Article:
People often complain that they have tried to lose weight by skipping meals and it hasn’t helped them lose weight or they have even gained weight since reducing their number of meals.
Skipping meals can make matters worse because your body is not getting the nutrients it needs. Your brain starts craving fat and you may actually want to snack more than you did before. This is why the approach rarely works.
People who do lose weight may find they pile it back on again after they resume eating three meals a day.
So how can you lose weight without actually dieting?
1. Reduce your portion sizes, not your meals.
You can do this by putting your main meal on a side plate instead of a full-sized dinner plate.
2. Don’t help yourself from serving dishes.
Put your meal onto your side plate and eat only that. That way you know how much you are having.
3. Cook smaller quantities of food.
This will cut out the risk of being tempted to have second helpings.
4. Eat a greater amount of high protein foods.
Recent research in journals such as the American Journal of Clinical Nutrition has found that eating more protein helps you lose weight because it fills you up for longer. Then you don’t have the urge to snack or binge on unhealthy foods.
For instance, in one study they found that increasing the total protein intake to 30 percent of the diet meant people were less hungry and lost more weight. Some sources of protein are poultry, fish, cottage cheese, eggs, tofu, beans and lentils, nuts and peanut butter and milk.
5. Have smaller, more frequent meals.
Some experts now say you should have four or five smaller meals throughout the day, with the last meal being your main one. This should control your hunger and appetite more.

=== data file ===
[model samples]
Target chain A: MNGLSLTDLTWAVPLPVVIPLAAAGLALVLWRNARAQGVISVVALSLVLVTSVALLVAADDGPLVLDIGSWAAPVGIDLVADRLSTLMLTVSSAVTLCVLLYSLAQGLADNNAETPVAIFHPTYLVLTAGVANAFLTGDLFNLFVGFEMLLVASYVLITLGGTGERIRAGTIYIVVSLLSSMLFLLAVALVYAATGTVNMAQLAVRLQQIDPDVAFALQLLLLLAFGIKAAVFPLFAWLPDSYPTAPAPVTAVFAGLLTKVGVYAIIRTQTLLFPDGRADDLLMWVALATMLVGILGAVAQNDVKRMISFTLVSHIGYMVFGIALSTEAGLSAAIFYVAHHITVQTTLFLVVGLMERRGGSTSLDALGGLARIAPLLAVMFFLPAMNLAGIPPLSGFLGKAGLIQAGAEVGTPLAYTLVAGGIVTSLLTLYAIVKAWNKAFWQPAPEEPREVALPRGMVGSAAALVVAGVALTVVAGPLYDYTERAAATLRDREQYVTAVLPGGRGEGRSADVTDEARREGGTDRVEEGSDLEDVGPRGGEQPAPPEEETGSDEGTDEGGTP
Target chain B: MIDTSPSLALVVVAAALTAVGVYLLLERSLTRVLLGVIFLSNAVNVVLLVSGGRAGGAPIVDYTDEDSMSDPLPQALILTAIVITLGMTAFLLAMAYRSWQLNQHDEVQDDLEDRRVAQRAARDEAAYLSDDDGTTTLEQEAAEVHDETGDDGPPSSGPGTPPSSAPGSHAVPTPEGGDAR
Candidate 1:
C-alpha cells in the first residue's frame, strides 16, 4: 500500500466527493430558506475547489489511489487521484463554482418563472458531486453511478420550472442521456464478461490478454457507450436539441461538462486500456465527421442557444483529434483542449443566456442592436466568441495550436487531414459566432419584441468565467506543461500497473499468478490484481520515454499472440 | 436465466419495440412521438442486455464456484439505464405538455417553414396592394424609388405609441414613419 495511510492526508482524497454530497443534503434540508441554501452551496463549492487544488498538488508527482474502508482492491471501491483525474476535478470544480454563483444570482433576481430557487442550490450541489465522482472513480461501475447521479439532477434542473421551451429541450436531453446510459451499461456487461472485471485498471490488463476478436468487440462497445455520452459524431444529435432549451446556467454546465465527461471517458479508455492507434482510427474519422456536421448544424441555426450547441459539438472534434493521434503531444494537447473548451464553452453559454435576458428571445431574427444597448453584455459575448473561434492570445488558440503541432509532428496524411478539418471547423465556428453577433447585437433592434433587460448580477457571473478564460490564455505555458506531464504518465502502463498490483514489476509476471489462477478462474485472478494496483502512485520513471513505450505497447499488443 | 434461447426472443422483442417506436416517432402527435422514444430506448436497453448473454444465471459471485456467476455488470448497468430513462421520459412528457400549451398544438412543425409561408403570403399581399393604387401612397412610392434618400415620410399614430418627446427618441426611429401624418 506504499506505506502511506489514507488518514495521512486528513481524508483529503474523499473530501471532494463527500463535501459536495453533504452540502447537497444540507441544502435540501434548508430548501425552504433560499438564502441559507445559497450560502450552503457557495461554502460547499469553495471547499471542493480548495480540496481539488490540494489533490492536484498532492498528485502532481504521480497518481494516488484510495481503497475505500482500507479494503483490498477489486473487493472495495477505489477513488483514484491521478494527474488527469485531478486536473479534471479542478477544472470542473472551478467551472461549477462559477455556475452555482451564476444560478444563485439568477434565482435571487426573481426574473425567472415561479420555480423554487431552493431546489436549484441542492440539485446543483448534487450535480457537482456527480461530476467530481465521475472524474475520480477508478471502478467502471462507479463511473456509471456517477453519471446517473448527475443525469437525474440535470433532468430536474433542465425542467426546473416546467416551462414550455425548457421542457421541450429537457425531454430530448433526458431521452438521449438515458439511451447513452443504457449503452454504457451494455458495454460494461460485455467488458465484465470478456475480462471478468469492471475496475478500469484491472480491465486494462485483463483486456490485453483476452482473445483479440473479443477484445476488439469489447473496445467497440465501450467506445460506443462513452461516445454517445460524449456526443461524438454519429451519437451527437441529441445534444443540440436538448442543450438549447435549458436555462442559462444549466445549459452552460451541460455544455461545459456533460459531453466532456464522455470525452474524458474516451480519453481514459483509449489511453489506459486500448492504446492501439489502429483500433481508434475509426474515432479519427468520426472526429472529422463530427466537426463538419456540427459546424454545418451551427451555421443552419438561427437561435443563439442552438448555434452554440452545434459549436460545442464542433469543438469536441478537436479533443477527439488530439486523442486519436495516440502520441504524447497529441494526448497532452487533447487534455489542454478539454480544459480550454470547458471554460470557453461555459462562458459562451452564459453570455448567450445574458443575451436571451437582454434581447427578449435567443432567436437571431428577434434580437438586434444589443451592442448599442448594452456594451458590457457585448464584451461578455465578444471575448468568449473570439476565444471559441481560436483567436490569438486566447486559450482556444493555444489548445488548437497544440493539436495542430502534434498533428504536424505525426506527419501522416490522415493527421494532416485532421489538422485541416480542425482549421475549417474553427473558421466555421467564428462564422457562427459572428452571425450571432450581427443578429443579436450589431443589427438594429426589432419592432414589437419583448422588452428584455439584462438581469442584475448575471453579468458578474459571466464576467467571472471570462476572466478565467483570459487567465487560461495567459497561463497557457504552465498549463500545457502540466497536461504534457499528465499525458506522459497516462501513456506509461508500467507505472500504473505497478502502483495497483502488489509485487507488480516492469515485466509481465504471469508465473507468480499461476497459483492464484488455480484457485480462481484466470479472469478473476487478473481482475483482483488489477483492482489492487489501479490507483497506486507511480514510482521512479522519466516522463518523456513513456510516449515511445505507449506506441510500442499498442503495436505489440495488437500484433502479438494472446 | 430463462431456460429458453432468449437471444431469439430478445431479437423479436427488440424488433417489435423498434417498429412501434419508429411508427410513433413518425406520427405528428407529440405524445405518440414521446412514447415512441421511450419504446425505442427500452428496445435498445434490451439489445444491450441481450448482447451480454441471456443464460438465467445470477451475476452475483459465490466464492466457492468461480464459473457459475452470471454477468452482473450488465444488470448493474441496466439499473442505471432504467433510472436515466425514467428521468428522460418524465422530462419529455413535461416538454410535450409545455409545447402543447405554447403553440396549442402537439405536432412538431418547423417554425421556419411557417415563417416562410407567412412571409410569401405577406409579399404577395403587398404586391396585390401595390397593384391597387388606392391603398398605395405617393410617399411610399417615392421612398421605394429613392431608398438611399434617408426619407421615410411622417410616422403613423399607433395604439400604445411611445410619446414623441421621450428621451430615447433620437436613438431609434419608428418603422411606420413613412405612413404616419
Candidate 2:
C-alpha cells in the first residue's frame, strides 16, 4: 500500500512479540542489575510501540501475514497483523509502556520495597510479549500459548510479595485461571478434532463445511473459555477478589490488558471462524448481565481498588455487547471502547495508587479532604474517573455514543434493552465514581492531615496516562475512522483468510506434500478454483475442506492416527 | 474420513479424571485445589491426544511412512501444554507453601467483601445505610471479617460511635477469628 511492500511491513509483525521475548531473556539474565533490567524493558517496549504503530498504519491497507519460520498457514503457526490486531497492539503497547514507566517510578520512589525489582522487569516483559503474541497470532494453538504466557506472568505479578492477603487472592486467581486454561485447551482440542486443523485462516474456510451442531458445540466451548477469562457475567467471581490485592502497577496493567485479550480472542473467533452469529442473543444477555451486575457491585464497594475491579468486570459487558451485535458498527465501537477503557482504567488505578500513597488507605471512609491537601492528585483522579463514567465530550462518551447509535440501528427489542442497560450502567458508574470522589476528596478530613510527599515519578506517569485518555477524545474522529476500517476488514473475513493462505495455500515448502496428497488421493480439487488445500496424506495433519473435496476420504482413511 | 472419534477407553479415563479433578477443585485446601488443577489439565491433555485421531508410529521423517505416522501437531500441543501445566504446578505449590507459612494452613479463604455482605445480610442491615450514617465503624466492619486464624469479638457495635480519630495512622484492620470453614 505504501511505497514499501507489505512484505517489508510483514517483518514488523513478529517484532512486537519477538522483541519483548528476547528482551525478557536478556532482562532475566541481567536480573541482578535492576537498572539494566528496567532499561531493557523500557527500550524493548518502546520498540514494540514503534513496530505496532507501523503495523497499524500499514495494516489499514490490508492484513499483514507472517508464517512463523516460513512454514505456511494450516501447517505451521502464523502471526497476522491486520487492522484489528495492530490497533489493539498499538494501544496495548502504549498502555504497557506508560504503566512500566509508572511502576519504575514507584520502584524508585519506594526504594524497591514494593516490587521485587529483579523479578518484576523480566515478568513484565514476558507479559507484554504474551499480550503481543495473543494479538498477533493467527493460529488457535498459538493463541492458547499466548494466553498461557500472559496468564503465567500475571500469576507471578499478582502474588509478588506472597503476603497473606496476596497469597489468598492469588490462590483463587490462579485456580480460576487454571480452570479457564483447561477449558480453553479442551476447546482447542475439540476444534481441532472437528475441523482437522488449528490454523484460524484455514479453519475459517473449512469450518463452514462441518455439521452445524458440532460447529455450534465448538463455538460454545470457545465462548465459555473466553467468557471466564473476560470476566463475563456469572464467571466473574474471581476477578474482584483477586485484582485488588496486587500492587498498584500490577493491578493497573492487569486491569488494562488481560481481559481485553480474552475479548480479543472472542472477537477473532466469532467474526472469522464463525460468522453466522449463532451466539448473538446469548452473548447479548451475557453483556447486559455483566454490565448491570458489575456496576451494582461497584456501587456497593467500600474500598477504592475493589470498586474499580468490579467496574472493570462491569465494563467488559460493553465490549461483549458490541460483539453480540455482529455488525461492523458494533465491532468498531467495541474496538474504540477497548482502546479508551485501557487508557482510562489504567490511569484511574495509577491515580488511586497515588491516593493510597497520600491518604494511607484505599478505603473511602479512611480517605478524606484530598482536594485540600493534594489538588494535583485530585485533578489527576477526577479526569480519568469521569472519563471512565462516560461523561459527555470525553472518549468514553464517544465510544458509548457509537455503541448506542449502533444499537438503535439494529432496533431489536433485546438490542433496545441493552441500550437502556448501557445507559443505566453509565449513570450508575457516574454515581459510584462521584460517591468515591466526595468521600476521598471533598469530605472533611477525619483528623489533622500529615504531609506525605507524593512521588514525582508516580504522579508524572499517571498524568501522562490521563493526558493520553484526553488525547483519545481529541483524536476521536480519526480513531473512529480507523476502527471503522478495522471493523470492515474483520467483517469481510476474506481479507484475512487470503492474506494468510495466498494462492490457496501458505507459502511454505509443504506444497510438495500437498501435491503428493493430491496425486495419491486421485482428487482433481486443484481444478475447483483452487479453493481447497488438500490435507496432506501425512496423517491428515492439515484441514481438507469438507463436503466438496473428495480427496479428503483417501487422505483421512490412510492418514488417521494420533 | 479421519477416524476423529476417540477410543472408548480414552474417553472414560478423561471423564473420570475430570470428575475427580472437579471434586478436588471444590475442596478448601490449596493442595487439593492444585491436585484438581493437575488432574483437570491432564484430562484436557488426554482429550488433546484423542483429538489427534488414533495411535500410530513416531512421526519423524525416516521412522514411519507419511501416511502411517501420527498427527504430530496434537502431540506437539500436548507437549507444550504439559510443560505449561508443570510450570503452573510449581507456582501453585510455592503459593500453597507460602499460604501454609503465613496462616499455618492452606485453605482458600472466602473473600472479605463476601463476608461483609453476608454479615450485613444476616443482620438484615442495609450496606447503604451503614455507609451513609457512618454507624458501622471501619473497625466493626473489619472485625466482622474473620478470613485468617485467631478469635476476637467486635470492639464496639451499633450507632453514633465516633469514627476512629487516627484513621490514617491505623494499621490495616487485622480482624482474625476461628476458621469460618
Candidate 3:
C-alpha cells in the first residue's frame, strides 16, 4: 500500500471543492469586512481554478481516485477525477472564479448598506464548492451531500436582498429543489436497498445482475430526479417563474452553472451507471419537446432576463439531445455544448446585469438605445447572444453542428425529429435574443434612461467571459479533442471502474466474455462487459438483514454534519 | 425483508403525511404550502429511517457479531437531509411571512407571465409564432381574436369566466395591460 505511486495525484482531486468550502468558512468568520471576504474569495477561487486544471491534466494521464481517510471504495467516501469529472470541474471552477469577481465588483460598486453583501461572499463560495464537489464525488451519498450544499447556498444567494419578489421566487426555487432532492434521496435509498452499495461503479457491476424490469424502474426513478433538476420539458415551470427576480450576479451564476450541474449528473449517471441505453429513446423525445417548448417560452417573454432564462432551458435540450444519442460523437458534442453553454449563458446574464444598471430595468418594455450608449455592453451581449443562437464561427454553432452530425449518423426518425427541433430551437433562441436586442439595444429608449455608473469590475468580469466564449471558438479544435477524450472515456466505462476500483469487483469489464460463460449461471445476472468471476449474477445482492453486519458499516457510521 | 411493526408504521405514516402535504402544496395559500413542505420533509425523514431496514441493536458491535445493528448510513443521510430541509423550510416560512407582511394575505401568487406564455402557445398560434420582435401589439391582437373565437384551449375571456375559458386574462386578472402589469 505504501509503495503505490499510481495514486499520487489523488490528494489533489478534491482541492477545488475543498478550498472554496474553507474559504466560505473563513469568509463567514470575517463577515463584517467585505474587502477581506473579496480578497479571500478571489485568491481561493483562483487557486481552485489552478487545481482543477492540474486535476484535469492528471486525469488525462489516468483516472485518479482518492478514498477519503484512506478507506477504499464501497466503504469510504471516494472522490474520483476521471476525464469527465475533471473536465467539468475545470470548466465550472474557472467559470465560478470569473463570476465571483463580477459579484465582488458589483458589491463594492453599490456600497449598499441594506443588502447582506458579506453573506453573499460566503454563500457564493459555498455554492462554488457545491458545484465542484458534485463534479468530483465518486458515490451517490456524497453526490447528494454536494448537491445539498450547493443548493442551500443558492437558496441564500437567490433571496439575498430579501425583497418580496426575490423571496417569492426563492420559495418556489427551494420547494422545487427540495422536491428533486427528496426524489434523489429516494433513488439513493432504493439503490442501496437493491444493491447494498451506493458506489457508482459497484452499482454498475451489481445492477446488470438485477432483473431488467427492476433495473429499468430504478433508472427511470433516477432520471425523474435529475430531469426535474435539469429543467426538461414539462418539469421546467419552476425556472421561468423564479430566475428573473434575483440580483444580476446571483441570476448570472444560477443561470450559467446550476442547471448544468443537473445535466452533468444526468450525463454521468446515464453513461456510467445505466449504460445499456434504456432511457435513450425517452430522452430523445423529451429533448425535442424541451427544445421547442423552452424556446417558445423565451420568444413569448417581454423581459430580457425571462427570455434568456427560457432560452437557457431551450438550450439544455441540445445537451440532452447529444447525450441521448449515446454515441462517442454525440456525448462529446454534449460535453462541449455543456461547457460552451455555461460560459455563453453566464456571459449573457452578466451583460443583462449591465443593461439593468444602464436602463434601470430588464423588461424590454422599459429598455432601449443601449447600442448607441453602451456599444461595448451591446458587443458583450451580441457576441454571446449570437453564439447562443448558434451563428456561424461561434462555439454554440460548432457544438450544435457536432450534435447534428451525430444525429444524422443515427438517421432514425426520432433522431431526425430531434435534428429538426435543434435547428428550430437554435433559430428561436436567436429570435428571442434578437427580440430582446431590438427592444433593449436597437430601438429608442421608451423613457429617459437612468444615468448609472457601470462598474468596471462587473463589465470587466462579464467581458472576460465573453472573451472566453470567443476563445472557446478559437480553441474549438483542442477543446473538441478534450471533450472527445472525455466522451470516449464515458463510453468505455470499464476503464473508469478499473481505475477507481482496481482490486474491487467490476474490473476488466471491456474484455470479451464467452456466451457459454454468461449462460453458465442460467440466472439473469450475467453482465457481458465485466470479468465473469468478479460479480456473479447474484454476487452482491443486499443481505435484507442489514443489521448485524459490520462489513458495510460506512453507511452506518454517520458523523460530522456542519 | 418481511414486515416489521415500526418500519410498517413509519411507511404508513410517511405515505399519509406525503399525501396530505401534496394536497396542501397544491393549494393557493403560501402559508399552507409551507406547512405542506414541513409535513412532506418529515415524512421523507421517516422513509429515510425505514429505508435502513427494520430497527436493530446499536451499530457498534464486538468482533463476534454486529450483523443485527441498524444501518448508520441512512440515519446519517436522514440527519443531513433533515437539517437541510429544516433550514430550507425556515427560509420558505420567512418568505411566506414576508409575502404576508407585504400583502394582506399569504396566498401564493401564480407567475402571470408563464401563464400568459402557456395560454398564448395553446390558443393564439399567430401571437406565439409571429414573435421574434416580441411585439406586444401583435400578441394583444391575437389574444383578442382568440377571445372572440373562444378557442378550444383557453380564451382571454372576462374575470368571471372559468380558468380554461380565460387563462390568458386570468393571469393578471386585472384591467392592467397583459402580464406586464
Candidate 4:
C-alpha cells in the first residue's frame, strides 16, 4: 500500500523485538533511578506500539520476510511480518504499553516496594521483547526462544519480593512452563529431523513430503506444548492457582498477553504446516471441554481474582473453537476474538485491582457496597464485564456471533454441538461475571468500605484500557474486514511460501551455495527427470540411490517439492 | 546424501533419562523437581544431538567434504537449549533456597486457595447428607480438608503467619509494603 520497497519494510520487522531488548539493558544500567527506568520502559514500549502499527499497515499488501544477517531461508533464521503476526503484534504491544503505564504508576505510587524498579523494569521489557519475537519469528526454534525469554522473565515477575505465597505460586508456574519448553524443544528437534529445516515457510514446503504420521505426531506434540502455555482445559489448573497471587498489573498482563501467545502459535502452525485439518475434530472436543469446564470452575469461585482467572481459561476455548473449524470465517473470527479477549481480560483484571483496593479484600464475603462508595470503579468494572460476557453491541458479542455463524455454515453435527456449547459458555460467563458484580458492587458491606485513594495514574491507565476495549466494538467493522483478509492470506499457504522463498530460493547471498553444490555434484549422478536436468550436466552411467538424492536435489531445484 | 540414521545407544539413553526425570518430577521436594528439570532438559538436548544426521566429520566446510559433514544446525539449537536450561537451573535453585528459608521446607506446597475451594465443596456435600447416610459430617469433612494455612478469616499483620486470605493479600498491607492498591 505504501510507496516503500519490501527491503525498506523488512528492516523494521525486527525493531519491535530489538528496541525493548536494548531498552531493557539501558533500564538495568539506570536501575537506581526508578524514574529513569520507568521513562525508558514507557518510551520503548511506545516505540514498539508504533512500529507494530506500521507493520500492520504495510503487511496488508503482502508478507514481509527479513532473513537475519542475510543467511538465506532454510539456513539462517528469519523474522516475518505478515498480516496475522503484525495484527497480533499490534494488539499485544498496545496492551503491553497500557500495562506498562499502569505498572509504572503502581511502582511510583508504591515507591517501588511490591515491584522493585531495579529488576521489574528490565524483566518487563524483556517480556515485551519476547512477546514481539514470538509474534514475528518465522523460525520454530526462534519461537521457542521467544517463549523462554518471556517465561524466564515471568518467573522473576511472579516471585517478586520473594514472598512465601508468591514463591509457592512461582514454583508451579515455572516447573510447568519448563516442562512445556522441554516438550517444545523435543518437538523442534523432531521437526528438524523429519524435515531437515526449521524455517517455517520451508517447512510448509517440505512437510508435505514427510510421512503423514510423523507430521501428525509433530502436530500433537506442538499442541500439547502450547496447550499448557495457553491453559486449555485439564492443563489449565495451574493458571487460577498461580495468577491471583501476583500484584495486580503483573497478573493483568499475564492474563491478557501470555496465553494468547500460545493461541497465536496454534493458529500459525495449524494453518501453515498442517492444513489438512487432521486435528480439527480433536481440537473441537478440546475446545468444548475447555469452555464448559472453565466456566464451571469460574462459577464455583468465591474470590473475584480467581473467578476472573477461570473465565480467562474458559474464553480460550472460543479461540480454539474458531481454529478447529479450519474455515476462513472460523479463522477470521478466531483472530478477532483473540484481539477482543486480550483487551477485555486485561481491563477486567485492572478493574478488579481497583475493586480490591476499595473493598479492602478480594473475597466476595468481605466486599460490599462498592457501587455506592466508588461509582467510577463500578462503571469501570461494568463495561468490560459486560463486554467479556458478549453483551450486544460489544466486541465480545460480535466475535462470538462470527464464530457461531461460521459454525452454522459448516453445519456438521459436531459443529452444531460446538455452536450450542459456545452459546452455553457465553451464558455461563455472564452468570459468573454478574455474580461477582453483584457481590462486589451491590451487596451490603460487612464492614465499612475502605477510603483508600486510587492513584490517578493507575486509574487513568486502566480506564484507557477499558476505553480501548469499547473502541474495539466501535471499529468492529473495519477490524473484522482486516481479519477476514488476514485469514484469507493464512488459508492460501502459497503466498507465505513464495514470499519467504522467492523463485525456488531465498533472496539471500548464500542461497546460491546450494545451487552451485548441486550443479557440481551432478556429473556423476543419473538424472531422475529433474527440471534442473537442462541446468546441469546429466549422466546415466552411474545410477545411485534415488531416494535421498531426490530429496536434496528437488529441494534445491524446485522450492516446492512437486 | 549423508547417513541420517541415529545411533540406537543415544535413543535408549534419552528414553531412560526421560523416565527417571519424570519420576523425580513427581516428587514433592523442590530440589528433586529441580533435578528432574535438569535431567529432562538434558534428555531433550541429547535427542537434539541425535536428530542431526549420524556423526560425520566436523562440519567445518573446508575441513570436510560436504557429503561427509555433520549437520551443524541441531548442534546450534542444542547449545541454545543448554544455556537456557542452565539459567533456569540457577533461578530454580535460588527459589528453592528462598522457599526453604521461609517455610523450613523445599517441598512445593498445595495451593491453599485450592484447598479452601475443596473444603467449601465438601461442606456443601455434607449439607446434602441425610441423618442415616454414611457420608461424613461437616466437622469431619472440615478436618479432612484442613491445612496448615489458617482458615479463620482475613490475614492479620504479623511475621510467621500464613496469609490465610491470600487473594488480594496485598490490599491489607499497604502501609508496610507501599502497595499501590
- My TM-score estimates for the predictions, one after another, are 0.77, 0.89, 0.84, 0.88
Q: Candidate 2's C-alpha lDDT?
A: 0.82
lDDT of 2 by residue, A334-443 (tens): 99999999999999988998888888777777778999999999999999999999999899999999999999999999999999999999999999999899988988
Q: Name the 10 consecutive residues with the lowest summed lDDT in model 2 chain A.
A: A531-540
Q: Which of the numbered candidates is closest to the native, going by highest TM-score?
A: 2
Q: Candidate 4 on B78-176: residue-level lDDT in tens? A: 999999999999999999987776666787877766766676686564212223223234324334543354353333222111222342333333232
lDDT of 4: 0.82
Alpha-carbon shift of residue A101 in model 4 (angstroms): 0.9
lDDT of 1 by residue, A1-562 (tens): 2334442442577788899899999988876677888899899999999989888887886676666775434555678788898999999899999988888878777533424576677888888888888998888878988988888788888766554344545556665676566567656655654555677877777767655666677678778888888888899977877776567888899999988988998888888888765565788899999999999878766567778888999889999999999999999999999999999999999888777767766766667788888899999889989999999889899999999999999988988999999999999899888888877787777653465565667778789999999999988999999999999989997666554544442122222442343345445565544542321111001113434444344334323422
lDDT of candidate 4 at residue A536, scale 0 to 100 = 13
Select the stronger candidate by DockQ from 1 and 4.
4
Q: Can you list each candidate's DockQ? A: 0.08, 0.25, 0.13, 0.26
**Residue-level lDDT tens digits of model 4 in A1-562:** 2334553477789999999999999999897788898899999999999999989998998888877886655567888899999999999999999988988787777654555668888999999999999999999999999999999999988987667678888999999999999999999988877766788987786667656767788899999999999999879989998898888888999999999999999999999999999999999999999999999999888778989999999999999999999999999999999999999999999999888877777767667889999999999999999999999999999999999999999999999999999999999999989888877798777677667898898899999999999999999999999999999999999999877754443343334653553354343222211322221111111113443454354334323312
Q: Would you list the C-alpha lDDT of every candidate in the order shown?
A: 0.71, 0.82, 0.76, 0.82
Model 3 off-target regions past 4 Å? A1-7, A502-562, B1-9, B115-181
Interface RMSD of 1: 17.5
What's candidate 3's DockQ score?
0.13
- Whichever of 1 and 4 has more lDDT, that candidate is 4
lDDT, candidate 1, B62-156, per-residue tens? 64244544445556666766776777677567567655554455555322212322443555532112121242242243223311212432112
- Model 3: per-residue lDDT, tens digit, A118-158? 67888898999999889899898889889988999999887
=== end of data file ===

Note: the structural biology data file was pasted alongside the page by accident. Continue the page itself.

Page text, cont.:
6. Exercise more.
The amount of food you need is proportionate to the amount of activity you do. This doesn’t mean you have to join a gym or do vigorous workout, but you could spend less time at your computer or watching television.
Instead, go for a walk or a regular swim. If you like computer games you could try an active computer game where you have to dance or do tennis moves.
7. Be smart at the restaurant.
If you’re eating at a restaurant, have a salad as a starter (or skip the starter altogether) and don’t order dessert until you’ve finished the main meal. You may be full up and not need any more food. If you are having lots of side dishes, share these with other guests.
Restaurants are part of the obesity problem because in the last few decades, the portion sizes have increased dramatically. For instance, pasta servings have gotten five times larger.
8. Cook instead of buying frozen ready meals.
Frozen ready meals usually have a high content of bad fats and salt, both of which contribute to obesity and heart disease. If you don’t have the time, try to commit to cooking your own food at least a few times a week. Some meals are easier than you think and take only 30 minutes.
9. Check all labels of pre-prepared food for bad fat.
Bad fats are saturated and trans fats found in red meat, butter, cheese, ice cream, and any processed food that contains hydrogenated oil.
10. Avoid "low-fat", "reduced fat" or "fat-free".
When food manufacturers take out fat they usually replace it with sugar, refined grains or starch. Refined carbohydrates aren’t good for you. These include things like white bread, white rice and sugary drinks.
Eating these can cause blood sugar and insulin to spike and fall, which gives us hunger pangs and leads to over-eating and weight gain. It also increases the risk of heart disease and diabetes. When buying carbohydrates, choose whole grain bread, pasta and brown rice.
Body Weight – Controlling Your Portion Sizes, Cancer Research UK. Web. 16 July 2012.
High Protein Diet for Weight Loss, WebMD. Web. 16 July 2012.
Fats and Cholesterol: The Bottom Line, Harvard School of Public Health. Web. 16 July 2012.
Joanna is a freelance health writer for The Mother magazine and Suite 101 with a column on infertility, http://infertility.suite101.com/
She is author of the book, 'Breast Milk: A Natural Immunisation,' and has an A grade diploma in Neuro-psychological Immunology, which is the study of how the mind affects the immune system.
Reviewed July 16, 2012
by Michele Blacksberg RN
Edited by Jody Smith